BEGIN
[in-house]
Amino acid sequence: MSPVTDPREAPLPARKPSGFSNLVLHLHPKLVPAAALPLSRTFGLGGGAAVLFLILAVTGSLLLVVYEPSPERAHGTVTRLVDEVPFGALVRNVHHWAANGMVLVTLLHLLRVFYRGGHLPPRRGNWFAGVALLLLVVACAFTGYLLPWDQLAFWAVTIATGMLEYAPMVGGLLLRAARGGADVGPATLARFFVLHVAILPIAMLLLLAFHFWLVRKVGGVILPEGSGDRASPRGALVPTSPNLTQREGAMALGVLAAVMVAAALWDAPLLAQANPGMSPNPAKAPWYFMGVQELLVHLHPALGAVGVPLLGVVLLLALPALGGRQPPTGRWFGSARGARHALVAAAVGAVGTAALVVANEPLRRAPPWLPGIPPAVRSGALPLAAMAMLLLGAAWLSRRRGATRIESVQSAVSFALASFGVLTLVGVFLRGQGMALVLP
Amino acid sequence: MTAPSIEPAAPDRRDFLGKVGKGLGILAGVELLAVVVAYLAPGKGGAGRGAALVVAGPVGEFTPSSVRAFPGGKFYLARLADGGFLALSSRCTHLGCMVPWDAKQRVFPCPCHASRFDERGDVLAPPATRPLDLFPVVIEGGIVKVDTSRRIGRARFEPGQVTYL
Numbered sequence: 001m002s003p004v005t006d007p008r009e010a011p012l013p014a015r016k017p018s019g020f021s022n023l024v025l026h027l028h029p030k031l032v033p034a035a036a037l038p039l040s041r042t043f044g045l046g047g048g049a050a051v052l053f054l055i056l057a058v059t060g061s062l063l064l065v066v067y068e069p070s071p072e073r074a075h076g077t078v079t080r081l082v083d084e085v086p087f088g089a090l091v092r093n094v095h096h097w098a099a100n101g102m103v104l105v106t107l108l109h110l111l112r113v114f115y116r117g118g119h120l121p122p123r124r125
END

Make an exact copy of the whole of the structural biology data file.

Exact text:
[in-house]
Amino acid sequence: MSPVTDPREAPLPARKPSGFSNLVLHLHPKLVPAAALPLSRTFGLGGGAAVLFLILAVTGSLLLVVYEPSPERAHGTVTRLVDEVPFGALVRNVHHWAANGMVLVTLLHLLRVFYRGGHLPPRRGNWFAGVALLLLVVACAFTGYLLPWDQLAFWAVTIATGMLEYAPMVGGLLLRAARGGADVGPATLARFFVLHVAILPIAMLLLLAFHFWLVRKVGGVILPEGSGDRASPRGALVPTSPNLTQREGAMALGVLAAVMVAAALWDAPLLAQANPGMSPNPAKAPWYFMGVQELLVHLHPALGAVGVPLLGVVLLLALPALGGRQPPTGRWFGSARGARHALVAAAVGAVGTAALVVANEPLRRAPPWLPGIPPAVRSGALPLAAMAMLLLGAAWLSRRRGATRIESVQSAVSFALASFGVLTLVGVFLRGQGMALVLP
Amino acid sequence: MTAPSIEPAAPDRRDFLGKVGKGLGILAGVELLAVVVAYLAPGKGGAGRGAALVVAGPVGEFTPSSVRAFPGGKFYLARLADGGFLALSSRCTHLGCMVPWDAKQRVFPCPCHASRFDERGDVLAPPATRPLDLFPVVIEGGIVKVDTSRRIGRARFEPGQVTYL
Numbered sequence: 001m002s003p004v005t006d007p008r009e010a011p012l013p014a015r016k017p018s019g020f021s022n023l024v025l026h027l028h029p030k031l032v033p034a035a036a037l038p039l040s041r042t043f044g045l046g047g048g049a050a051v052l053f054l055i056l057a058v059t060g061s062l063l064l065v066v067y068e069p070s071p072e073r074a075h076g077t078v079t080r081l082v083d084e085v086p087f088g089a090l091v092r093n094v095h096h097w098a099a100n101g102m103v104l105v106t107l108l109h110l111l112r113v114f115y116r117g118g119h120l121p122p123r124r125